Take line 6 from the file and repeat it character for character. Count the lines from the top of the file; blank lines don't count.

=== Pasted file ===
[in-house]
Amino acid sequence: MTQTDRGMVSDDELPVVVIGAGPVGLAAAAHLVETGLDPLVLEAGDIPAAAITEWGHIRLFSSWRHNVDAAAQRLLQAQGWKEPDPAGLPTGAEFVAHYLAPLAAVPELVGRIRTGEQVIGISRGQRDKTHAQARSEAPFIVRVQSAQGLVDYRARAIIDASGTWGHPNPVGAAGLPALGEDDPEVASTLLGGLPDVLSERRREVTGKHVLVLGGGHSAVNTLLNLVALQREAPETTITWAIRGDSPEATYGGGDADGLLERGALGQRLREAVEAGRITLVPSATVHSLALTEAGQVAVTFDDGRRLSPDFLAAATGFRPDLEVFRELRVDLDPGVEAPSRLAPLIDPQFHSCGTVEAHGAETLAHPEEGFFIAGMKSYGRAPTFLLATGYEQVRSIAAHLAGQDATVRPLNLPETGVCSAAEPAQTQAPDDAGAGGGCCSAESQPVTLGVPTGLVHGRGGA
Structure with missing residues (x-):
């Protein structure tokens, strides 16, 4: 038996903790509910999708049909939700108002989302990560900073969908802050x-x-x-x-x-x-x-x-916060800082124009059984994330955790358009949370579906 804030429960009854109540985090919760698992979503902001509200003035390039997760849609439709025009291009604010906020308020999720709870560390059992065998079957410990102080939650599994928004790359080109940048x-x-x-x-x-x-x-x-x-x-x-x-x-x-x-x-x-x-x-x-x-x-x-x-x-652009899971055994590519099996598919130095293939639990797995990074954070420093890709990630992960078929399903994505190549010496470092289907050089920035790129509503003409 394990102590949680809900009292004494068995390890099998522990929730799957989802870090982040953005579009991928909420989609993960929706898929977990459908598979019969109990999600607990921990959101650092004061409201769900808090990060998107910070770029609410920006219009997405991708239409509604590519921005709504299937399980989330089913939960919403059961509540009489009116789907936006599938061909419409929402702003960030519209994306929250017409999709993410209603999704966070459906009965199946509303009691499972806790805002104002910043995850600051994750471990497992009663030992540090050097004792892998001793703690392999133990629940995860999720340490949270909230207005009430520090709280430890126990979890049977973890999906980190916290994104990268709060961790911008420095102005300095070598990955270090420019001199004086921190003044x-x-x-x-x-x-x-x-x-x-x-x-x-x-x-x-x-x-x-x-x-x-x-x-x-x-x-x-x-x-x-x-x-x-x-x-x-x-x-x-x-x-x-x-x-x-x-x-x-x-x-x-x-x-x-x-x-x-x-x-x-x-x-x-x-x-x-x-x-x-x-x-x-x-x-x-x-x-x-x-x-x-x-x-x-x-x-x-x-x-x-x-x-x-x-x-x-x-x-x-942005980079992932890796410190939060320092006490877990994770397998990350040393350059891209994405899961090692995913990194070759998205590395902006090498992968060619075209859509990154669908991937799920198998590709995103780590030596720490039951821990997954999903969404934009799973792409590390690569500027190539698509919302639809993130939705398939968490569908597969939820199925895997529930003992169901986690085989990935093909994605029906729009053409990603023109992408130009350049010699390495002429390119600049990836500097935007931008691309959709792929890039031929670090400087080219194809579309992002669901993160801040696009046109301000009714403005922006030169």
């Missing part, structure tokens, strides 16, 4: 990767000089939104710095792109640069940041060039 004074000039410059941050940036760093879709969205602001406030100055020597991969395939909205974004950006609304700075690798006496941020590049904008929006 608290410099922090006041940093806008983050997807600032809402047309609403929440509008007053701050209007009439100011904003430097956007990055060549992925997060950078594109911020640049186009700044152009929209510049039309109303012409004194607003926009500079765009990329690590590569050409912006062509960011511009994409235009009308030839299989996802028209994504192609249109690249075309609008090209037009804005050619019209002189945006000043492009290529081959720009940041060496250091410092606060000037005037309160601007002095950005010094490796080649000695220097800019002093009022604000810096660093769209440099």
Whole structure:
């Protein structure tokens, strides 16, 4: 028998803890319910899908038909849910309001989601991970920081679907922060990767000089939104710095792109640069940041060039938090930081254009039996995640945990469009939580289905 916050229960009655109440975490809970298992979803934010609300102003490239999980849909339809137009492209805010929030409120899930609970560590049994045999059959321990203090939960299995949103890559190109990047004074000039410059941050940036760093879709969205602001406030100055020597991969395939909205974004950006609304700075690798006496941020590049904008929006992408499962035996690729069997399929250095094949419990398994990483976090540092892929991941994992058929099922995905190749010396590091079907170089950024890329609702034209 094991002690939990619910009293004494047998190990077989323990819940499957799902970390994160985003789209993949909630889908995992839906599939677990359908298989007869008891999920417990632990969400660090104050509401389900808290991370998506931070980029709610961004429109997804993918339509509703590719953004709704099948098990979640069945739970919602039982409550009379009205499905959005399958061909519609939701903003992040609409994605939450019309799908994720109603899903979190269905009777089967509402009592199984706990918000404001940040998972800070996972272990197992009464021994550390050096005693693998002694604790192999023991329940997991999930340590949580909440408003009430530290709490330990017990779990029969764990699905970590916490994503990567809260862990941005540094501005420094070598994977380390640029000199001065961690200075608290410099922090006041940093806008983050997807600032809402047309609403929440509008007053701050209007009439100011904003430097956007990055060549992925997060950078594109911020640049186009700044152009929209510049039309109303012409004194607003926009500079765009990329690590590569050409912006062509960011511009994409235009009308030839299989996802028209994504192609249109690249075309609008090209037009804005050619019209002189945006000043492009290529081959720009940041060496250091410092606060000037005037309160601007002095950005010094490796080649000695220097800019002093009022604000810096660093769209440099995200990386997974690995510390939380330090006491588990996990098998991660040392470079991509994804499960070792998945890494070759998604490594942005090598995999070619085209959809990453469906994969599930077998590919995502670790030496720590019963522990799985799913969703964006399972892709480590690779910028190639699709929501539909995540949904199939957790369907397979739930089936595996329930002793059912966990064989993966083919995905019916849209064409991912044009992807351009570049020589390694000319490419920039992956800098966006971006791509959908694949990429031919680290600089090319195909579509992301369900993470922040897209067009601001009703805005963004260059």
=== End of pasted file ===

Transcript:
Whole structure: